Eyewitnesses of a Medieval Miracle! (more…)

2007/06/01

bauckham vs enlightenment (rev)

Filed under: Bauckham: Jesus-Eyewitness,Book Reviews & Notes,Religion — Neil Godfrey @ 6:39 pm

(i have wondered if the more grammatically correct heading should be “bauckham vs the enlightenment” — but the more i think about it the more i realize that “bauckham vs enlightenment” is the more accurate.)

For those who are not history buffs, by Enlightenment I mean the rise of a rational/naturalist/’humanitarianist’ approach to knowledge, science, and religion that marked especially the 18th century. Think Newton, Franklin, Voltaire, Boyle, Hutton, Harvey, Linnaeus (300 years old this month– big celebrations in Sweden!), Descartes, Hobbes, Spinoza, Locke, Hume, Kant, Louis XIV, Catherine the Great, Frederick ditto — not eastern mysticism.

When I first began reading Bauckham’s Eyewitnesses I simply assumed I would be engaging with a work by someone with a normal academic acceptance of normal scholarly standards. (more…)

2007/05/25

Bauckham’s Jesus and the Eyewitnesses. Chapter 18b

Filed under: Bauckham: Jesus-Eyewitness,Book Reviews & Notes,Religion — Neil Godfrey @ 10:02 pm

Bauckham’s use of Paul Ricoeur

Bauckham pursues the fundamental role of testimony for history through reference to internationally renowned French philosopher Paul Ricoeur‘s “Memory, History, Forgetting” (2004). Before discussing this section of B’s final chapter I want to address a sentence of Ricoeur’s on which Bauckham places particularly heavy and repeated emphasis:

First, trust the word of others, then doubt if there are good reasons for doing so. (p.165, Memory) (more…)

2007/05/08

Ancient historians at work: Polybius, Herodotus (cf Gospels, Acts)

Filed under: Bauckham: Jesus-Eyewitness,Book Reviews & Notes,New Testament,Religion — Neil Godfrey @ 10:25 pm

For what it’s worth, I’m posting a few excerpts from a couple of nonbiblical historians, mainly for benefit of those following some of the posts and discussion re my Bauckham and Acts 27 (Paul’s sea voyage/shipwreck) reviews. The point is to compare nonbiblical historical methods, approach, critical analysis, with what we read in the Gospels and Acts. For those familiar with the Gospels and Acts I invite where possible any comparisons with the following methods we find among two prominent ancient historians: (more…)

2007/05/06

Bauckham’s Jesus and the Eyewitnesses. Chapter 18a

Filed under: Bauckham: Jesus-Eyewitness,Book Reviews & Notes,Religion — Neil Godfrey @ 2:32 pm

Check my book review list for complete set of chapter by chapter comments

What is Testimony and Can We Rely on It?

This concluding chapter does not sum up Bauckham’s reasons for thinking the gospels may be the testimony of eyewitnesses. It argues, rather, that eyewitness testimony should be more highly regarded by modern historians as a valid historical source. Of course the argument misses its point in this instance if one has failed to be convinced that the gospels are indeed records of eyewitness testimonies.

Bauckham’s discussion relies heavily on (more…)

2007/04/04

How a gospel works: Judas reveals all

So the truth is out. Professor Francis Moloney and Jeffrey Archer tell us how the gospels were written.

Note: No eyewitnesses! No oral traditions! No historiography! (more…)

2007/04/03

Bauckham’s Jesus and the Eyewitnesses. Chapter 18a . . .

Filed under: Bauckham: Jesus-Eyewitness,Book Reviews & Notes,Religion — Neil Godfrey @ 9:54 pm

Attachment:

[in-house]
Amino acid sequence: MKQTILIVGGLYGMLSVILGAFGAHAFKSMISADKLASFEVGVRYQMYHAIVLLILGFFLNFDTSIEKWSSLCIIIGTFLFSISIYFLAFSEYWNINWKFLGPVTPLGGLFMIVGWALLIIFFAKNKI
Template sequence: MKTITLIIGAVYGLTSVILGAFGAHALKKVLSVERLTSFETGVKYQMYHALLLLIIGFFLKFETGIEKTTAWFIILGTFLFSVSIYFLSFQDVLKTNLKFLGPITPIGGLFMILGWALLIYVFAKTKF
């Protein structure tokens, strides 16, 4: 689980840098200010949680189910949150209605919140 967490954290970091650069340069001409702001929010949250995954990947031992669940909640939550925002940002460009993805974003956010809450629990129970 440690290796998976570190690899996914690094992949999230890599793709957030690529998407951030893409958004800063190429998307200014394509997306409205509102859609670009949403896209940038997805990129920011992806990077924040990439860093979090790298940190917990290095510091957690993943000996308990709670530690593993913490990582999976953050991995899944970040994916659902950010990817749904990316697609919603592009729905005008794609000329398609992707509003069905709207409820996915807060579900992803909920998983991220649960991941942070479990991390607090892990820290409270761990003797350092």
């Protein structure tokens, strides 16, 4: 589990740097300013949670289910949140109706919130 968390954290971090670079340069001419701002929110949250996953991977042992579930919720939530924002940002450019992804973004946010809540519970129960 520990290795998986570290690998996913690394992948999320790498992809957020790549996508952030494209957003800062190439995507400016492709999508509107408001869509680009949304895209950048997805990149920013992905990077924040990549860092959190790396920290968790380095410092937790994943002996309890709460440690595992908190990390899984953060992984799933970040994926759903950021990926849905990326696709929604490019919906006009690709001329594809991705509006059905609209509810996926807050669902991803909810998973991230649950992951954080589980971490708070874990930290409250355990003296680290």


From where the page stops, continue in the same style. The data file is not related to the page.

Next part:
This chapter is still coming . . . . not forgotten — main reason for the delay is that Bauckham relies most heavily on C. A. J. Coady’s book, Testimony: A Philosophical Study (1992), so I am enjoying reading Coady (along with some of the scholarly discussion circulating about his book) at the moment — hopefully to better position me to discuss Bauckham’s argument.

2007/03/22

Bauckham’s Jesus and the Eyewitnesses. Chapter 18a

Filed under: Bauckham: Jesus-Eyewitness,Book Reviews & Notes,Religion — Neil Godfrey @ 8:16 pm

This is going to be a multi-part reply to a most extraordinary chapter. In a bizarre way that Bauckham would not appreciate, B will find himself in league with his post-modernist devil against the intellectual values of the Enlightenment. The main differences between the two are firstly that B will often be arguing against a straw-man Enlightenment, and secondly that he will subtly shift definitions and contextual meanings of his terms as he proceeds. (more…)

2007/03/18

Bauckham’s Jesus and the Eyewitnesses. Chapter 17

Filed under: Bauckham: Jesus-Eyewitness,Book Reviews & Notes,Religion — Neil Godfrey @ 9:53 pm

17. Polycrates and Irenaeus on John

Polycrates on John

Bauckham proceeds to show that Polycrates knew that John the author of the Gospel was not the Son of Zebedee, member of the Twelve, John. He begins with his letter to the bishop of Rome over the ‘correct’ date on which to observe ‘Easter’ (or the ‘Passover/Last Supper’). The extract is from the ccel site (Eusebius, H.E. 5.24.2-7): (more…)

Bauckham’s Jesus and the Eyewitnesses. Chapter 16:Appendix

Filed under: Bauckham: Jesus-Eyewitness,Book Reviews & Notes,Religion — Neil Godfrey @ 10:19 am

Appendix: Papias as Eusebius’s Source in Hist. Eccl. 3.24.5-13?

At the end of chapter 16 Bauckham addresses the argument of Charles Hill that Eusebius paraphrased a section of Papias that discussed the gospels of John and Luke.

Hill’s argument contradicts Bauckham’s by implication: (more…)

2007/03/17

Subjecting Papias to external controls. A first step

Filed under: Bauckham: Jesus-Eyewitness,Book Reviews & Notes,Religion — Neil Godfrey @ 6:30 pm

This relates to my previous post on Bauckham’s chapter 16. I addressed the issue of “naive readings” of texts, explaining what I mean by that term. I won’t repeat the details here. (Any text can claim to be written by so and so and at a certain time. Scholars know that when it comes to the bulk of apocryphal “new testament” writings.)